u.s. elections

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maxximus | 10:06 Wed 05th Mar 2008 | News
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a joke or just an inside joke?


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Still too close to call between Clinton and Obama, I thought 'Super Tuesday' would show us who gets the nomination.

I think whoever gets the vote will be the next president, I can't see McCain winning.
Don't underestimate how naturally conservative the US is. Or how damaging a long democratic contest might be for the party. They might be kicking lumps out of each other until August.

But you're right. The Democrats must be favourites.
What annoys me is that this is not the election to find the next president, it is the election to find the person who will stand in the election to be the next president.

Why the hell it takes so long, and why we need to have it rammed down our throats on the UK news every day I have no idea.

If one of our UK political parties need a new leader it is a fairly low key affair, lasting a month at most.

The US seem to spend 9 months on it, going all over the US, and spending MILLIONS of dollars in the process.

And after all this hullabalo who do they finish up with: Nixon, Carter, Ford, Reagen, Bush senior, Clinton and Bush junior.
If one of our UK political parties need a new leader it is a fairly low key affair, lasting a month at most.

Yeah, the 'when will Blair resign and let Brown take over debate' didn't even last a month did it......

The idea of primaries (or electing party candidates) is to reduce the amount of power that political parties have.

Parties have a tendency to pidgeonhole people ideologically: ergo, if you want to stand for election, you can either:

Run as an independent and stand practically no chance of success
Get yourself appointed by a party, and in so doing compromise some of your beliefs to fit with the party line.

The idea of the primary system is to reduce party control over elections.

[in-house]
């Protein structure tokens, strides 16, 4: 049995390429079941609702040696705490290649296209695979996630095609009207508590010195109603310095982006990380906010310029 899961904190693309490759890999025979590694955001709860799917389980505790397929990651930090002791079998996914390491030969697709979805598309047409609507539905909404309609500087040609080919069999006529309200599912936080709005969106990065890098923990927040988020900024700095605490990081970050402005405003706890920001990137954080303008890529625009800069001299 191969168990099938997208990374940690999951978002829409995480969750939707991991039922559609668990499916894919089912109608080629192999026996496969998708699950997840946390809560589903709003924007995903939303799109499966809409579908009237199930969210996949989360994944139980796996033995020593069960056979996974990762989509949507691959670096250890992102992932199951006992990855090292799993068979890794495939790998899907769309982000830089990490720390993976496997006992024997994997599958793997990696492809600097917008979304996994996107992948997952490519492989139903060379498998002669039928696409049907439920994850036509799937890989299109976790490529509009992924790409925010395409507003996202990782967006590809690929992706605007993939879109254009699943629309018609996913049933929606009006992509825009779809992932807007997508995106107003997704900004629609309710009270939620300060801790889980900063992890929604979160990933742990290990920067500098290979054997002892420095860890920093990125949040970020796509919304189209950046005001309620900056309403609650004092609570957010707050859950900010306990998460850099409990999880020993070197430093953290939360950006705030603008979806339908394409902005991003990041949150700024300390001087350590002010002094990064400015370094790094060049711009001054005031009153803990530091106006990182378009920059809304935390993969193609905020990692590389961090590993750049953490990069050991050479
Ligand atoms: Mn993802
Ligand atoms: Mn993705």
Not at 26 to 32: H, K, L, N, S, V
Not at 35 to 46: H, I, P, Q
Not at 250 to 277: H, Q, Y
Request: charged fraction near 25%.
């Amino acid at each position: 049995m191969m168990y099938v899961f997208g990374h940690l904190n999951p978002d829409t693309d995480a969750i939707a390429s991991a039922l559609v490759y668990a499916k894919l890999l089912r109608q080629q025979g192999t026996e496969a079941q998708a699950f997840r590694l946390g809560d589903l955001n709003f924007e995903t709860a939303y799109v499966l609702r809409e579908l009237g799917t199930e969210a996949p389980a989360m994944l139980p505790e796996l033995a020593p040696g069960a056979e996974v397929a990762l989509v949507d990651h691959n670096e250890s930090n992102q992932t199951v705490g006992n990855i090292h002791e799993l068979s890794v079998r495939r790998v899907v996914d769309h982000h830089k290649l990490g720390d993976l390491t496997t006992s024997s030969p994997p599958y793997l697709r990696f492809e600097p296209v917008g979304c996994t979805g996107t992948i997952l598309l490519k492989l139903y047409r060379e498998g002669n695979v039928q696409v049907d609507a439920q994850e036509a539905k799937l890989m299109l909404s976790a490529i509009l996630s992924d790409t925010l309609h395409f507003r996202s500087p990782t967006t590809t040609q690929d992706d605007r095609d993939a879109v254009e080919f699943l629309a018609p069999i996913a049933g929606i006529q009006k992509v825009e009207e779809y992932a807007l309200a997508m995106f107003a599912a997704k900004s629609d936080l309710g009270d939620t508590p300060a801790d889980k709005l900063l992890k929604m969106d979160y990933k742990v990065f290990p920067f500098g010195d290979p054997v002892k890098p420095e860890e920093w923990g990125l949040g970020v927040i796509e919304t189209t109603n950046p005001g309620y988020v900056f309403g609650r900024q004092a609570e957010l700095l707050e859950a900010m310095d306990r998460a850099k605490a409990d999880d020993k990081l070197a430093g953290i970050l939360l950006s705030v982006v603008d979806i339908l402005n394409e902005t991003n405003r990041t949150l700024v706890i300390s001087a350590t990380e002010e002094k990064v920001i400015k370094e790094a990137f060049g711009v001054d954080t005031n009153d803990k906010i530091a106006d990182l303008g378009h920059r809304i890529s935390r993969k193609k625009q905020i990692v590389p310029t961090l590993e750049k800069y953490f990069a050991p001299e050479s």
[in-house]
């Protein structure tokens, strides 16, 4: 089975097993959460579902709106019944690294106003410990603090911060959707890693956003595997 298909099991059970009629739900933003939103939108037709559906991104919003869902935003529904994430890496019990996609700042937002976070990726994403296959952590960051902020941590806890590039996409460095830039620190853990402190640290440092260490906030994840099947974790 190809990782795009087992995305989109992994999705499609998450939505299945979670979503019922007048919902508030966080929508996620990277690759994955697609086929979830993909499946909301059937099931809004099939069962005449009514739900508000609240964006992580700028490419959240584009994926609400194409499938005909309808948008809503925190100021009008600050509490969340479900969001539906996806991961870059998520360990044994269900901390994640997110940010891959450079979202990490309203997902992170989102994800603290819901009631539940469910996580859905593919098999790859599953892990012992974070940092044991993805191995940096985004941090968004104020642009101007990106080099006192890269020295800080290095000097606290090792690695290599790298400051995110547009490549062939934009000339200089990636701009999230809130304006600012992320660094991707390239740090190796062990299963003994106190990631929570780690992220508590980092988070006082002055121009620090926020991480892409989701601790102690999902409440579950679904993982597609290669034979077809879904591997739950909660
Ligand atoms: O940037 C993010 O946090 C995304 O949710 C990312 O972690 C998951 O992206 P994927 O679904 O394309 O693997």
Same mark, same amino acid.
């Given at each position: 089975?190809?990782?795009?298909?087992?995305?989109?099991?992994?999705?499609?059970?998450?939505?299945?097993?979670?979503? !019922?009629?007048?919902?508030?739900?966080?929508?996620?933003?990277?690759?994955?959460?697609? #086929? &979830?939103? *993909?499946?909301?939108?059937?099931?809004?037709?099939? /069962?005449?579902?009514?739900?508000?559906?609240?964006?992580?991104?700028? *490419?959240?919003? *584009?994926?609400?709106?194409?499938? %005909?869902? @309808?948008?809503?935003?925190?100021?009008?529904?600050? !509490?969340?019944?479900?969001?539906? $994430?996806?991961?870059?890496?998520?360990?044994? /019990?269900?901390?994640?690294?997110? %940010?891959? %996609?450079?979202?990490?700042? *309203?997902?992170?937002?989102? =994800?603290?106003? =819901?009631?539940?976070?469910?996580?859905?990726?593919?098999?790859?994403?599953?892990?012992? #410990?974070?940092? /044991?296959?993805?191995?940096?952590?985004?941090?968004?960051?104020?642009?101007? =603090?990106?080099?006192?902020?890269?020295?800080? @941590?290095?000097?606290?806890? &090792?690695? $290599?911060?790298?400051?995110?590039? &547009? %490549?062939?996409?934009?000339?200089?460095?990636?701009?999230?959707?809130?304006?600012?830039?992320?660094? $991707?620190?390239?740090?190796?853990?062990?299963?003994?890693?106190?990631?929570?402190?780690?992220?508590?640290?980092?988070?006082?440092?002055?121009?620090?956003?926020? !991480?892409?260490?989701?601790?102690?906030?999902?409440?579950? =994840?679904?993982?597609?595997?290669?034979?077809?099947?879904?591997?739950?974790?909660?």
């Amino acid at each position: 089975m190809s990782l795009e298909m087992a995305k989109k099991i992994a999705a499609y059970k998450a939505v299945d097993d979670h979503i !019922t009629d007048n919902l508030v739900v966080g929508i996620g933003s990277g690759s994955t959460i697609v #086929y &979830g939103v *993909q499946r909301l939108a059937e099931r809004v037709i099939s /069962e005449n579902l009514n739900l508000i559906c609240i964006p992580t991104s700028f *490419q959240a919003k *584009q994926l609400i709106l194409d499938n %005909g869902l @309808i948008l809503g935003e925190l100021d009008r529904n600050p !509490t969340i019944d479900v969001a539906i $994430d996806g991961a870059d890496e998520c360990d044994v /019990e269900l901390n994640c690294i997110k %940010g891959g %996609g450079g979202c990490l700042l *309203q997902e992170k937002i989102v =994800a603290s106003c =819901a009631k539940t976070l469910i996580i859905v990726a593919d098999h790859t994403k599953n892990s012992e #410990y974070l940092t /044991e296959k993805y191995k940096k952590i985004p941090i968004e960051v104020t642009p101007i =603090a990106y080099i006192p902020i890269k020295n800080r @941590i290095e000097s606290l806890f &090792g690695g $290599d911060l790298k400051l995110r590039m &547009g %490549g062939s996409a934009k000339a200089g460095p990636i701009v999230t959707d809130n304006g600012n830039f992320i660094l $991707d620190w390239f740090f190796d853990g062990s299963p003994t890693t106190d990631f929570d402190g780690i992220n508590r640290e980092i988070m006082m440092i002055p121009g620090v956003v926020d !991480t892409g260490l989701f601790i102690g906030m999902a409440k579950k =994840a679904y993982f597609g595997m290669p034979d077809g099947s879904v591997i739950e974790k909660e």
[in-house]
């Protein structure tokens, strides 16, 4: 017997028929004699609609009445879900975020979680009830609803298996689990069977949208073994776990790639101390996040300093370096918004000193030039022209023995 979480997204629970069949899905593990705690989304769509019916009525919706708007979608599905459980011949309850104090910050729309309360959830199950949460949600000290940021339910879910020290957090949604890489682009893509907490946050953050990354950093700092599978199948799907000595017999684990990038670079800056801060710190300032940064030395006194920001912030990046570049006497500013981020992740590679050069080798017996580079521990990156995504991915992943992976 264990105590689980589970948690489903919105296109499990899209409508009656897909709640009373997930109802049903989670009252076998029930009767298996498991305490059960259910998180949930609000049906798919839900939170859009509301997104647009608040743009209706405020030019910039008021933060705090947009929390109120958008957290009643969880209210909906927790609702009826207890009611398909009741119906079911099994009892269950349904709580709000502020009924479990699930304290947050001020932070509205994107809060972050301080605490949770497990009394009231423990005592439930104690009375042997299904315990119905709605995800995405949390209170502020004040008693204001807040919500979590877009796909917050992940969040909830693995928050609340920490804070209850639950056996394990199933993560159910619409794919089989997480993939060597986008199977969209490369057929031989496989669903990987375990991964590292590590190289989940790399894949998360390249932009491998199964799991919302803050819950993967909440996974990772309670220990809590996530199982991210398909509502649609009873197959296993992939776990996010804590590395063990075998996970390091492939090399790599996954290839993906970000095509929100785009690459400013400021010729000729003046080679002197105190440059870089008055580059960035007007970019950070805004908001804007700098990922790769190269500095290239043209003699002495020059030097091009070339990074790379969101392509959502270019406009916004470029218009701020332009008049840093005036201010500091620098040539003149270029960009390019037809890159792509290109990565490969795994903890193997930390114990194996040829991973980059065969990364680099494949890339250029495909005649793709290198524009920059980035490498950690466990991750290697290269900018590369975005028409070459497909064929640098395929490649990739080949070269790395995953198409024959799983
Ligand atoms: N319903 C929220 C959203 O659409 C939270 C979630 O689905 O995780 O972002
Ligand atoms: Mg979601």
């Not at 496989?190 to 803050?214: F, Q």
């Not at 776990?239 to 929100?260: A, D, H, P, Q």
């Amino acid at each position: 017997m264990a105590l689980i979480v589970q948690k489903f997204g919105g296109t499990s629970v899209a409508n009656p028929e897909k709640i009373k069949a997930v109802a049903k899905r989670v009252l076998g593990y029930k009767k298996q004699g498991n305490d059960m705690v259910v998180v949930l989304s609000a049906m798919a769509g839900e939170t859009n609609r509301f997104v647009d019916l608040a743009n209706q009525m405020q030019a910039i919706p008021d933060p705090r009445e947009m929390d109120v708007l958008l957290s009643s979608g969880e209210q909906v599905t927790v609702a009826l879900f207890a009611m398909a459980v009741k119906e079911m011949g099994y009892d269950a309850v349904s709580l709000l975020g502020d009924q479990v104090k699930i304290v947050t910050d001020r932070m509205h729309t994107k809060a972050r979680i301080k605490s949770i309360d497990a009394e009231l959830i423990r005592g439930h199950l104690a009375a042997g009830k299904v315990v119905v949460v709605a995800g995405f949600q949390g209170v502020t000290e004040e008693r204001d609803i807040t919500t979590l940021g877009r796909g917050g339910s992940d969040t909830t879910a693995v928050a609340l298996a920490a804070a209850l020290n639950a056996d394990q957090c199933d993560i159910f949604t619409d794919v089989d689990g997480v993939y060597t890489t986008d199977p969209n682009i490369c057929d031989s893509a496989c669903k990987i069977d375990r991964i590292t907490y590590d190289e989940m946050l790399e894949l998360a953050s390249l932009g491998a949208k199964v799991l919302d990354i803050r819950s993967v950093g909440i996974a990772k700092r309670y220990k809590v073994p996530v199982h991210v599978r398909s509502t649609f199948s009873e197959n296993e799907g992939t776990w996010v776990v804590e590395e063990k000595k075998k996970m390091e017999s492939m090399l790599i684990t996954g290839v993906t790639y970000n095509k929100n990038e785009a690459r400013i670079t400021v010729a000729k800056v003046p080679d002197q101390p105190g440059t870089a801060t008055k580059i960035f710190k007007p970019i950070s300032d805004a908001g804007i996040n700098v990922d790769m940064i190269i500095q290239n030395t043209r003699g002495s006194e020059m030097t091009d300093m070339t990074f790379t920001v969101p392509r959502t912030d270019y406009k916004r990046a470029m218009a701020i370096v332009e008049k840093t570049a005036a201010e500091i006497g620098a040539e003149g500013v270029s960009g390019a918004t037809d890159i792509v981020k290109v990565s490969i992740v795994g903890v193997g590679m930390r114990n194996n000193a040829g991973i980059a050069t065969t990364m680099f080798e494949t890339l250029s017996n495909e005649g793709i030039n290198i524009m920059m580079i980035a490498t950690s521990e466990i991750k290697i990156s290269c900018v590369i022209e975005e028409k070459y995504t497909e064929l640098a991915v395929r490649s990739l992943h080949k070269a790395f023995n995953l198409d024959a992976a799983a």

On the election itself:

For the Democrats, Clinton was on the ropes for a while but she seems to be back on her feet. She could well make further gains - in which case Obama is finished - but it's still hard to tell.

McCain stands a pretty decent chance for the Presidential election. He's popular, and - while a Republican - is quite liberal on several issues. Republican supporters will (obviously) vote Republican to keep the White House in their hands (if they don't, the Democrats will control both Congress and the Presidency) - and McCain has an ability to appeal to 'swing' voters on top of that.

So I'd say he has a chance but he's by no means assured of victory and it'll be close. Ditto for Obama. I can't see another Clinton Presidency, personally.
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Romney spent easily the most money on his campaign. And he's out.

The fact of the matter is, while money is certainly important in US politics, it's not everything. It's not nearly as corrupt as its critics say it is.
US politics is pretty transparent and above board (you can't buy yourself a seat in Congress, unlike a peerage - you have to work for it, and work once you get it). The reason the contest is going on a long time is there are genuine differences between the candidates and voters in the primaries are taking their chance to say who they want to represent their party. It's about the most powerful job in the world, so it may take a while to sort out. None of the handing-over-to-Gordon coronation we got, and none of the tweedlegordon v tweedledavid we'll get next time, either.
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Kromovaracun, NO because the system is corrupt & ******** to to anyone who says otherwise.


Bush won a second term thanks to his successful appeal to the religious right. Sure, he's been a lousy President, but there was nothing 'phoney' about his victory whatsoever.

Read any expert on American Politics (British or American) and they'll disagree with you on the corruption. I'd reccomend McKay. Or Hames & Rae. Nobody's saying money's not important in US politics, but it's not anything like you say it is.


Socialism, believe it or not, is actually widely unpopular in the USA. Why? While, yes, they do have 'class' system, Americans are not nearly so class-obsessed or conscious as we are. Historically and culturally issues such as religion or race have come before class in American Politics.

That's why there's no socialist party. Not because evil politicians trying to destroy the world are running rampant in the country.
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